Sibanye's Normandy landing


Sibanye's Normandy landing


Published Date: 2021-08-02 | Source: INCE|Community | Author: The Finance Ghost

Sibanye's Normandy landing

Sibanye-Stillwater (usually just called Sibanye for short) isn't shy when it comes to major deals. Neal Froneman has taken massive risks in the past and the commodity cycle has rewarded him (and shareholders) accordingly.

With a market cap of R187bn, Sibanye is still a relatively small player in the resources space. For context, Anglo American is worth R890bn.

Sibanye is focused on platinum group metals (PGMs) and gold. Like the biggest mining houses, the company has recognised a need to diversify the business into the energy sources of tomorrow - specifically, battery metals.

The first move was made in February 2021 with the purchase of a 30% stake in Keliber Oy, a Finnish mining and chemical company that aims to produce battery grade lithium hydroxide for the global lithium market.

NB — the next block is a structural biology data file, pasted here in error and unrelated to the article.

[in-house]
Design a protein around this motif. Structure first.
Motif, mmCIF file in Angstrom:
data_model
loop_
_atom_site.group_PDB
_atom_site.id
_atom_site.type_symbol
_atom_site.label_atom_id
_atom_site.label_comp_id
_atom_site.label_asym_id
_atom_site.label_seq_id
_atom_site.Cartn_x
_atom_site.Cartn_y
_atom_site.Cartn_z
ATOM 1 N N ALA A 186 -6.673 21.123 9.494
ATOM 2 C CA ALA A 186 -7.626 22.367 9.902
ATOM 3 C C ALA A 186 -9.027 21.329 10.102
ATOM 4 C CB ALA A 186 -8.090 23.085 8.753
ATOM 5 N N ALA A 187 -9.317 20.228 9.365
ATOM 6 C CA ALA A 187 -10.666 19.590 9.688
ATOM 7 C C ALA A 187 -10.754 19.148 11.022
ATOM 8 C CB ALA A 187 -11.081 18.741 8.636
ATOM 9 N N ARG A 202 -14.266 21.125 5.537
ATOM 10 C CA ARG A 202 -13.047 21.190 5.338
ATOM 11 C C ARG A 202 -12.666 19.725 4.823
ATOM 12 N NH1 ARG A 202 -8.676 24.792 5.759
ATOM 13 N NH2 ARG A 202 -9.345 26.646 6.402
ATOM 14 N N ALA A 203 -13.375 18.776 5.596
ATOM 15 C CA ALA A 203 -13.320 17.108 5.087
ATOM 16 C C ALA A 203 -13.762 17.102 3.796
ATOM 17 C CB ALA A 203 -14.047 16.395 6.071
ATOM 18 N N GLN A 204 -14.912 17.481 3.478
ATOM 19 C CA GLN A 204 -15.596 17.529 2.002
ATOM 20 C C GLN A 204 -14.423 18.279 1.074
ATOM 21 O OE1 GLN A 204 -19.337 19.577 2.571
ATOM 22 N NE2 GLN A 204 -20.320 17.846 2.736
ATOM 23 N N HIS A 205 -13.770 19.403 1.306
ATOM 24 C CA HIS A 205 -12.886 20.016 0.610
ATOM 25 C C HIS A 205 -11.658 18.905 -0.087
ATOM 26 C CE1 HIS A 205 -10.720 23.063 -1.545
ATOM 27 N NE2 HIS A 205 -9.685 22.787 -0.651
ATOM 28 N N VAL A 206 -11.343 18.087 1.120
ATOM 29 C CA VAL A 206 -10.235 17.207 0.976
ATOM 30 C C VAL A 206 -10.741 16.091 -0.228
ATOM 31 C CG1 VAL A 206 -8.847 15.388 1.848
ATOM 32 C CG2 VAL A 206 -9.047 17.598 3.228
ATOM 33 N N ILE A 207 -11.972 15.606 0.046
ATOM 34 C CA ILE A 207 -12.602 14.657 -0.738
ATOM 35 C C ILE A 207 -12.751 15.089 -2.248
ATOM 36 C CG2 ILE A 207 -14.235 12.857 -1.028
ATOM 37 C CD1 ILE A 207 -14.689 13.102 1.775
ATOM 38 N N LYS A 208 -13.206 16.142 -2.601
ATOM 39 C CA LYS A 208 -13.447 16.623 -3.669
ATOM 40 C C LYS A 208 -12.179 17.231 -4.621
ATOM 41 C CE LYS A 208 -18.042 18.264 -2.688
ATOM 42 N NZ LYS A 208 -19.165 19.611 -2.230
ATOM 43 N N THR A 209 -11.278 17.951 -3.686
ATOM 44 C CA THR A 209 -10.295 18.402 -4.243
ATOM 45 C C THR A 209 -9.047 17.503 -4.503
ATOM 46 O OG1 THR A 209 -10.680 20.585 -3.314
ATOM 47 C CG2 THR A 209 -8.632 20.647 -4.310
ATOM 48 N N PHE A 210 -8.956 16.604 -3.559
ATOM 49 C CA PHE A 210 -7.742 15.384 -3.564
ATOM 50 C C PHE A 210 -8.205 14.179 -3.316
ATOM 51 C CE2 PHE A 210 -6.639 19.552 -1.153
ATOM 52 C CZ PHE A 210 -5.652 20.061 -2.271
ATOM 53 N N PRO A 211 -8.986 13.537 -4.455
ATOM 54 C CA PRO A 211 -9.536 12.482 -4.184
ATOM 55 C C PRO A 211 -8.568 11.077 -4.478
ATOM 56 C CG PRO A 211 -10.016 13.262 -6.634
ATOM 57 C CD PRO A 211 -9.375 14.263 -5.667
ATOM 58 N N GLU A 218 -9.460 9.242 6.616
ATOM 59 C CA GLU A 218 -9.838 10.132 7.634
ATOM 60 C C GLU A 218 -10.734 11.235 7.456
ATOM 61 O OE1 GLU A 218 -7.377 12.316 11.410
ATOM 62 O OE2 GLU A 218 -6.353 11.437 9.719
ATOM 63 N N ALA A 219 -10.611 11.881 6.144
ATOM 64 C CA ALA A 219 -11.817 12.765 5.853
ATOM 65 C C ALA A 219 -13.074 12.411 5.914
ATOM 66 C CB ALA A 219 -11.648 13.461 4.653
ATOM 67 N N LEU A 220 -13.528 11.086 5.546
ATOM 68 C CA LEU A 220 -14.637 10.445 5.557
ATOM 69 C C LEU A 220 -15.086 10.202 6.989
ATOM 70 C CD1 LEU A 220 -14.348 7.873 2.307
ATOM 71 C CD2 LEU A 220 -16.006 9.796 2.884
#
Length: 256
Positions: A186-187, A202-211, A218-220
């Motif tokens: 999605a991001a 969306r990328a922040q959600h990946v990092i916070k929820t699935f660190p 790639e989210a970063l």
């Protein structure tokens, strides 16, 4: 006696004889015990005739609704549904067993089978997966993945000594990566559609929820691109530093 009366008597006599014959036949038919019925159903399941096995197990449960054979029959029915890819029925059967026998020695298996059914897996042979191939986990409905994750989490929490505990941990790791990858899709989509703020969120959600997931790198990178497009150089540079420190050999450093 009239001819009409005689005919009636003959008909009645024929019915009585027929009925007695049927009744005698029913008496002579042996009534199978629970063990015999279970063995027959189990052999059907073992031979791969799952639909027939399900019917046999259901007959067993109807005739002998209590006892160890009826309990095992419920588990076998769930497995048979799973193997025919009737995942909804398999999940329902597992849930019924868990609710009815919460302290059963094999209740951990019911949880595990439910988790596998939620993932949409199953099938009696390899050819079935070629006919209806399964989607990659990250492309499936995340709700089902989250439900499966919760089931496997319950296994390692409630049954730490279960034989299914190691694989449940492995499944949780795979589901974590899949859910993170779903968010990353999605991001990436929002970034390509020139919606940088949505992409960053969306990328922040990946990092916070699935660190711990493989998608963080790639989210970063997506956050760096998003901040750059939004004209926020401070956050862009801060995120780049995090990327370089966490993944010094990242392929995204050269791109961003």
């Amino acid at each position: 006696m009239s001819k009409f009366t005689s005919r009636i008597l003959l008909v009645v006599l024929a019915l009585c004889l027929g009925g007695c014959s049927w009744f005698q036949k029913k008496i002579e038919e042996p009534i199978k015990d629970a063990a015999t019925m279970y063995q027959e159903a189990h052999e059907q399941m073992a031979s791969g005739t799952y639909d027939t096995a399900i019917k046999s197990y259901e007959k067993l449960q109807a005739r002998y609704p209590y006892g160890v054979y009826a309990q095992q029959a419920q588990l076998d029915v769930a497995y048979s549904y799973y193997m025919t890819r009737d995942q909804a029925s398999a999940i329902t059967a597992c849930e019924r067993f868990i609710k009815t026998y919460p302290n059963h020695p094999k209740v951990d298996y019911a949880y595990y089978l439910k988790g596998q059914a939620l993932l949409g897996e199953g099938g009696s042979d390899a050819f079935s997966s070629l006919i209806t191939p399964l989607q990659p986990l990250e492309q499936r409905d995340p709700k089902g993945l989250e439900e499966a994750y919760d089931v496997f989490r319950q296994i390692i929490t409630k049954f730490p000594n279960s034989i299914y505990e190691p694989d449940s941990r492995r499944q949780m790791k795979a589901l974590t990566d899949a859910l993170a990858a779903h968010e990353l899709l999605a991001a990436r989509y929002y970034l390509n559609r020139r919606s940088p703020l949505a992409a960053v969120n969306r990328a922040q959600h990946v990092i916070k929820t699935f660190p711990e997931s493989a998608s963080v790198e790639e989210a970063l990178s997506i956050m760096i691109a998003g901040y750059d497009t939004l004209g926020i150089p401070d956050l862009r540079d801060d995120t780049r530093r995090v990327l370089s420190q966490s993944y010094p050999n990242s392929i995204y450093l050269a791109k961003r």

The Keliber project has sufficient reserves for more than 13 years of operation.

Sibanye has followed this up with a deal for a nickel hydrometallurgical processing facility in France. That's a mouthful. It's known as the Sandouville facility, which is slightly easier.

The counterparty for this deal is French mining group Eramet SA and the facility is located in France's second largest industrial port. It is scalable for nickel, cobalt and lithium battery products, so this is an important platform play for Sibanye.

The estimated cost of the acquisition is EUR65m, subject to closing adjustments. Sibanye expects the transaction to close by the end of the year if all goes well with regulatory approvals.

It's a tiny deal in the context of the broader Sibanye business, but it demonstrates the focus of traditional mining houses going forward.

Disclosure: the author is a shareholder in Sibanye


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